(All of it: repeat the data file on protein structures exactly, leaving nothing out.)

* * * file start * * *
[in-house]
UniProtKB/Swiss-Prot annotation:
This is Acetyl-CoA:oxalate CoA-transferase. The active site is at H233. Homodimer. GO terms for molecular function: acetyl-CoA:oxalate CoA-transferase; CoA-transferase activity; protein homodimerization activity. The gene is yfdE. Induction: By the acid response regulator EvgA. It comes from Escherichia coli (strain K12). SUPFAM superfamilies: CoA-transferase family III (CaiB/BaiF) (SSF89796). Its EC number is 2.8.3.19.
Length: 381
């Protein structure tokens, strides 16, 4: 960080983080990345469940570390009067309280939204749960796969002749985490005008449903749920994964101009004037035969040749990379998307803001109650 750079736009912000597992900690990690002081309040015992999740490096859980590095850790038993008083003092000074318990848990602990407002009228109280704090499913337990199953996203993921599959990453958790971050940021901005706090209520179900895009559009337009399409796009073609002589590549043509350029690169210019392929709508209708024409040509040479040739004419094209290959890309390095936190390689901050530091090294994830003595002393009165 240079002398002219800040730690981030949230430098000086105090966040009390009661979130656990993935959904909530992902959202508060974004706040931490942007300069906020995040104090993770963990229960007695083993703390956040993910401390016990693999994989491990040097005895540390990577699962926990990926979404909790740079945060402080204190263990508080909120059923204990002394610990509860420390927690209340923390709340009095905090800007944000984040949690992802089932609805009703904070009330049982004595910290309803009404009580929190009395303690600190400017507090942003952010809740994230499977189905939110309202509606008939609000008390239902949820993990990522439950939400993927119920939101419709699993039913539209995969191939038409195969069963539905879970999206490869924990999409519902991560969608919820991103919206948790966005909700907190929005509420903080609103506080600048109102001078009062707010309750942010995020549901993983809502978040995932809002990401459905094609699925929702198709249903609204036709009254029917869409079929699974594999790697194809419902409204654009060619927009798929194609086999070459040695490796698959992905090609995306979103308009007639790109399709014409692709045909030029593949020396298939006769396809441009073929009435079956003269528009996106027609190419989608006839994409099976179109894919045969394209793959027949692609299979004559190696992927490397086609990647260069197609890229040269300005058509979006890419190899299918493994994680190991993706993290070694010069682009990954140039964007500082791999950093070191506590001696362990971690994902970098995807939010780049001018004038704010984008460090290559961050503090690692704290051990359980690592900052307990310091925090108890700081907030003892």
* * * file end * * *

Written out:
[in-house]
UniProtKB/Swiss-Prot annotation:
This is Acetyl-CoA:oxalate CoA-transferase. The active site is at H233. Homodimer. GO terms for molecular function: acetyl-CoA:oxalate CoA-transferase; CoA-transferase activity; protein homodimerization activity. The gene is yfdE. Induction: By the acid response regulator EvgA. It comes from Escherichia coli (strain K12). SUPFAM superfamilies: CoA-transferase family III (CaiB/BaiF) (SSF89796). Its EC number is 2.8.3.19.
Length: 381
């Protein structure tokens, strides 16, 4: 960080983080990345469940570390009067309280939204749960796969002749985490005008449903749920994964101009004037035969040749990379998307803001109650 750079736009912000597992900690990690002081309040015992999740490096859980590095850790038993008083003092000074318990848990602990407002009228109280704090499913337990199953996203993921599959990453958790971050940021901005706090209520179900895009559009337009399409796009073609002589590549043509350029690169210019392929709508209708024409040509040479040739004419094209290959890309390095936190390689901050530091090294994830003595002393009165 240079002398002219800040730690981030949230430098000086105090966040009390009661979130656990993935959904909530992902959202508060974004706040931490942007300069906020995040104090993770963990229960007695083993703390956040993910401390016990693999994989491990040097005895540390990577699962926990990926979404909790740079945060402080204190263990508080909120059923204990002394610990509860420390927690209340923390709340009095905090800007944000984040949690992802089932609805009703904070009330049982004595910290309803009404009580929190009395303690600190400017507090942003952010809740994230499977189905939110309202509606008939609000008390239902949820993990990522439950939400993927119920939101419709699993039913539209995969191939038409195969069963539905879970999206490869924990999409519902991560969608919820991103919206948790966005909700907190929005509420903080609103506080600048109102001078009062707010309750942010995020549901993983809502978040995932809002990401459905094609699925929702198709249903609204036709009254029917869409079929699974594999790697194809419902409204654009060619927009798929194609086999070459040695490796698959992905090609995306979103308009007639790109399709014409692709045909030029593949020396298939006769396809441009073929009435079956003269528009996106027609190419989608006839994409099976179109894919045969394209793959027949692609299979004559190696992927490397086609990647260069197609890229040269300005058509979006890419190899299918493994994680190991993706993290070694010069682009990954140039964007500082791999950093070191506590001696362990971690994902970098995807939010780049001018004038704010984008460090290559961050503090690692704290051990359980690592900052307990310091925090108890700081907030003892």